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'French war could destabilize Algeria'
Tue Feb 12, 2013 5:1PM
Interview with Douglas De Groot
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An analyst says proxy forces using Mali as a base want to destabilize Algeria, the refugee displacement from which would be at France’s doorstep.

In the background of this ECOWAS and other members of the UNSC are saying UN peacekeepers are necessary in Mali to relieve the humanitarian and refugee situation. The UN has said the Mali government is reluctant to approve a UN peacekeeping operation in the country. The government thinks that UN peacekeepers would only be useful once the fighting between French troops and foreign-backed al-Qaeda-type militants ends.

Press TV has interviewed Douglas De Groot, executive Intelligence Review. Washington about this issue. The following is an approximate transcription of the interview.

Press TV: It’s interesting that this is the very same junta that basically begged the international community to come in and intervene and fight off these fighters in northern Mali, but now it has a problem with UN peacekeepers coming in. What do you make of that?

De Groot: The government’s concern - the transitional government’s concern is that the African force and the French support for that force, which intervened unilaterally, was designed to reestablish the territorial integrity of the country.

Part of the Jihadist forces wanted to break off and make a separate part of the country in the north. So this intervention was to reinforce the idea of territorial integrity of the country - to reestablish that.

The government’s concern is that if this UN force gets involved before that territorial integrity is guaranteed or established then who are they going to back? Are they going to get themselves between various forces inside Mali itself i.e. the government who wants to establish territorial integrity and the group that doesn’t and do peacekeeping between those two groups?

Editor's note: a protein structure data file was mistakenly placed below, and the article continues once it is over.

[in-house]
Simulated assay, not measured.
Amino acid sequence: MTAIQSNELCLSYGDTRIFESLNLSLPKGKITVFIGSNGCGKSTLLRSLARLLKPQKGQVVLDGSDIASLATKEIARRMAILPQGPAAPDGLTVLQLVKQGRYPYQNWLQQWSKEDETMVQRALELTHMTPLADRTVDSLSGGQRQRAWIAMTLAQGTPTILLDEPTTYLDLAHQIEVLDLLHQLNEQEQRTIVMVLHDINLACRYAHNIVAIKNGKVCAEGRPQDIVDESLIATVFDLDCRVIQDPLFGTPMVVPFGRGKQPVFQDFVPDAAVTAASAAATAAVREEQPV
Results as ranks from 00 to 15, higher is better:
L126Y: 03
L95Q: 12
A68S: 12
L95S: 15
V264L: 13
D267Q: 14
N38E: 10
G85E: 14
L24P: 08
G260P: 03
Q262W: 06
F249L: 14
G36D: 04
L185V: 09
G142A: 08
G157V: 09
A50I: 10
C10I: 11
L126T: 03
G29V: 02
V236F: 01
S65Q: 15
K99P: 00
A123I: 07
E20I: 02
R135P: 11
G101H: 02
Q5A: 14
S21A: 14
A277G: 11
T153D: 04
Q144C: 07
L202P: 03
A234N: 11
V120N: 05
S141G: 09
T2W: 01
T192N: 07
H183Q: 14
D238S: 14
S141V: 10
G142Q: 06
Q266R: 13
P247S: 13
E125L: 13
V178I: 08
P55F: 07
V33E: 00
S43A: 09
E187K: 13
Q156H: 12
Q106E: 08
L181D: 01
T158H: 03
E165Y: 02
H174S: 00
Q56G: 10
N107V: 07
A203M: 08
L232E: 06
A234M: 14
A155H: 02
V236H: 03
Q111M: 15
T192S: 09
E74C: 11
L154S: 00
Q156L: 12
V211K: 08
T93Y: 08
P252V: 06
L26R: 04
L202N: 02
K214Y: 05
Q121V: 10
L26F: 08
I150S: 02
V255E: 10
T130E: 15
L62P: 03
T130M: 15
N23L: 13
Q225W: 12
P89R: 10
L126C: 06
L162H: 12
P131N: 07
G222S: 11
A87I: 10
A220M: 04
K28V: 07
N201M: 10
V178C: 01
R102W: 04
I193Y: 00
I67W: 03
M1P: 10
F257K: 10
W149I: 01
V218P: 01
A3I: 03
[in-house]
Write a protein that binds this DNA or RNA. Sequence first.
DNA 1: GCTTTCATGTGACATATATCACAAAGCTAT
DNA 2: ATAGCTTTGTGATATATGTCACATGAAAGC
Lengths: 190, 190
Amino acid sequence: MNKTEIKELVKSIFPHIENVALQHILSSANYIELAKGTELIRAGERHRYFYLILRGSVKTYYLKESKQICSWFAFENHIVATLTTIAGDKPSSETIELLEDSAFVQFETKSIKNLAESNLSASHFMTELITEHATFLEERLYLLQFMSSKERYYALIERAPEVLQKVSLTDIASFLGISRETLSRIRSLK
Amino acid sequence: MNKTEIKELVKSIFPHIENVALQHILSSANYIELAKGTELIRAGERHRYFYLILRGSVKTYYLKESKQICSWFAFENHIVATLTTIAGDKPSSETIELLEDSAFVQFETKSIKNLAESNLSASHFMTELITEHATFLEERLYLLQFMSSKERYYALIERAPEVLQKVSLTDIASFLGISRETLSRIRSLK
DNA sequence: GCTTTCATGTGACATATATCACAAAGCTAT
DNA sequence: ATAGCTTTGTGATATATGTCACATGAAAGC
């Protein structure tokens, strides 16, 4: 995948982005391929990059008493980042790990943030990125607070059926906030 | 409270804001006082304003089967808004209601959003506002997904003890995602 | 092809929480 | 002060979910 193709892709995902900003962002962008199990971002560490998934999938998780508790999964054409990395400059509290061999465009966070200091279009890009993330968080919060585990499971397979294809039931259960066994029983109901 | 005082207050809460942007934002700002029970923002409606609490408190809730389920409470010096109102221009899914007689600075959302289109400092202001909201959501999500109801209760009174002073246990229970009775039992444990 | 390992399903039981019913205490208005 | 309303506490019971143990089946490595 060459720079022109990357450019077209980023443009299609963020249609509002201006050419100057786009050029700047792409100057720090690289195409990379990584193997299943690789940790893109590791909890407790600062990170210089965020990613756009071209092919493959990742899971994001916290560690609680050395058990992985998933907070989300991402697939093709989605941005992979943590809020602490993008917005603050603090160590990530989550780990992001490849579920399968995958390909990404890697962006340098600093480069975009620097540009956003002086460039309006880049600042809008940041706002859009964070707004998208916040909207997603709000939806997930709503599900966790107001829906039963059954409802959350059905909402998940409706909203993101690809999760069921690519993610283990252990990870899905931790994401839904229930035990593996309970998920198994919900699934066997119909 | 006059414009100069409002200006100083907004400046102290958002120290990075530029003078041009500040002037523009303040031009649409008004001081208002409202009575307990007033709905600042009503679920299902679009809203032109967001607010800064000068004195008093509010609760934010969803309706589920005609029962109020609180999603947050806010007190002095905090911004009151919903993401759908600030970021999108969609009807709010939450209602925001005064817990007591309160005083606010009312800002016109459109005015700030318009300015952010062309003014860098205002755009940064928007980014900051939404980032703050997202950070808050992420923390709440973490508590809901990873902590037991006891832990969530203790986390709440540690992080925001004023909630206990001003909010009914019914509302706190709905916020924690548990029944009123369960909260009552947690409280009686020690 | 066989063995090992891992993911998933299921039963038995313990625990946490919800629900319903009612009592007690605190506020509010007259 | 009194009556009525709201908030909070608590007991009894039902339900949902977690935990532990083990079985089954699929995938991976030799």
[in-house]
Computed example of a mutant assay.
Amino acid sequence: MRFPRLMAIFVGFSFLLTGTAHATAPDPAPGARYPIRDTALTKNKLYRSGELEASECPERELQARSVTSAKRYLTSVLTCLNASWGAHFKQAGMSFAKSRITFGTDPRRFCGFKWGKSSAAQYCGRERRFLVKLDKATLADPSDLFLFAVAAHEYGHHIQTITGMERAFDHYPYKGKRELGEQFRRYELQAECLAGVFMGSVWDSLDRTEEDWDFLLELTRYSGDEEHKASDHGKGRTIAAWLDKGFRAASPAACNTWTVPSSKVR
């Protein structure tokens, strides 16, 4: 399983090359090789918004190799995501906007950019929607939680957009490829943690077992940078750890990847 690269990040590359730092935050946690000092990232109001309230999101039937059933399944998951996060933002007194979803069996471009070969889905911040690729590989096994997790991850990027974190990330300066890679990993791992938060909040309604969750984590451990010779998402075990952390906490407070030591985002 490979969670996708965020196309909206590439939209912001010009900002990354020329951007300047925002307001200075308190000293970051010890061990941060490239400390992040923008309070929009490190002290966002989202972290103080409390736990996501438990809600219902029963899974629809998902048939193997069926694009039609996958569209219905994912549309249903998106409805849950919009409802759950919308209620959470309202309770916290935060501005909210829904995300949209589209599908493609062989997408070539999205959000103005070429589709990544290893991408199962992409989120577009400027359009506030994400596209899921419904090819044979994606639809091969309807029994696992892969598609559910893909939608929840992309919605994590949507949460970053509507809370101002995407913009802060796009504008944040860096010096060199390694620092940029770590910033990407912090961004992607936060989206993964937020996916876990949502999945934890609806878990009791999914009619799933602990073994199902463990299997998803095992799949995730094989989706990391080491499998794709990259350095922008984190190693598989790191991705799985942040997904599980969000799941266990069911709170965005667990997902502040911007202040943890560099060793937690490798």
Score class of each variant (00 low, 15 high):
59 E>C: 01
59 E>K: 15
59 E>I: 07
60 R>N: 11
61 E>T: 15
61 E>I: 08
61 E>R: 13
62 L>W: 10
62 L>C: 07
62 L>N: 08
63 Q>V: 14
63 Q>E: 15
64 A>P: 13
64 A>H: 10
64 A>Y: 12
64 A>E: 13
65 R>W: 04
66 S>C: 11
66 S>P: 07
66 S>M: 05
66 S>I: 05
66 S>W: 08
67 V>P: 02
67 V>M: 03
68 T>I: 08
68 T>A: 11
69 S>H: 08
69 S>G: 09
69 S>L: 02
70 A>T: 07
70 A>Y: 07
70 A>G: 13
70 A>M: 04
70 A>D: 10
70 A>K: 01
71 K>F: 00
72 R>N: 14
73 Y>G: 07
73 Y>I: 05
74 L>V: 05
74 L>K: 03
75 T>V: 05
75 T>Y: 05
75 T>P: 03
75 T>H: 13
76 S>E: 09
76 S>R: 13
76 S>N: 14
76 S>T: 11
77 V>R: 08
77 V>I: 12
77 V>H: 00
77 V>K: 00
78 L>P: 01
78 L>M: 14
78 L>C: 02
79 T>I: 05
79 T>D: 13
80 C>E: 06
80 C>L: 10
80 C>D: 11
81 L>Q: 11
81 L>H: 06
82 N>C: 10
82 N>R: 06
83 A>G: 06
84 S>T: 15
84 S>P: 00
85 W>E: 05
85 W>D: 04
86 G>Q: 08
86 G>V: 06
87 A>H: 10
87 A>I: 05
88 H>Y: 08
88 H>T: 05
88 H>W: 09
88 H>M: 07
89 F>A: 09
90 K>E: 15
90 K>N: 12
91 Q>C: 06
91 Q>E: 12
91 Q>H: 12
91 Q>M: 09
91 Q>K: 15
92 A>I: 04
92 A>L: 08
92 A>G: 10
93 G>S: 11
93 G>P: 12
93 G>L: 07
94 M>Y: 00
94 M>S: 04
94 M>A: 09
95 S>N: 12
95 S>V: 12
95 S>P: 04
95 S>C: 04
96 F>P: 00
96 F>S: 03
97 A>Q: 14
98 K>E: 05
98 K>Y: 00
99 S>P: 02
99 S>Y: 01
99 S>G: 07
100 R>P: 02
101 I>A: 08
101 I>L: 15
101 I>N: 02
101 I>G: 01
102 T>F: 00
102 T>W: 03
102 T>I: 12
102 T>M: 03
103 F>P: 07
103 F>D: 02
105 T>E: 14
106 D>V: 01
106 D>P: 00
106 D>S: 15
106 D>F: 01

They only want the UN force in once the territorial integrity of their country is established. That’s their primary concern.

Press TV: Speaking of territorial integrity, it’s quite rich coming from a country, which has called in a former colonialist power to “liberate” it. What do you make of that?

De Groot: Why did the French do it? Well, there’s two related reasons: one is partly the old French Empire that has a lot of interests in that entire region, but also they don’t want to see Algeria broken up and given the same treatment that Iraq and Syria and so on have gotten because you would then have millions of Algerians fleeing into France. And they are not ready... they just can’t handle that kind of a situation.

I think they’re trying to protect France primarily and Mali was being used as a base for the proxy forces that were being used to try to destabilize Algeria as was demonstrated by the attack on the gas plant a couple of weeks ago.

Press TV: Is France safer today in your opinion because of this incursion into Mali?

De Groot: Safer? Well, I suppose there could be operations that they would try to run inside France as well to destabilize them.

But they don’t want Algeria to collapse and that’s why. The Mali operation was being set up as a platform for destabilizing Algeria and the rest of the West African states.

That’s why all the other African States in West Africa all supported the French intervention - because they know it’s going to come from there to go after them as well, these same proxy forces.

This thing was dragging along in the UN and nobody was supporting it so the French acted unilaterally for a combination of reasons: one because they have their resources connected to their old Empire there.

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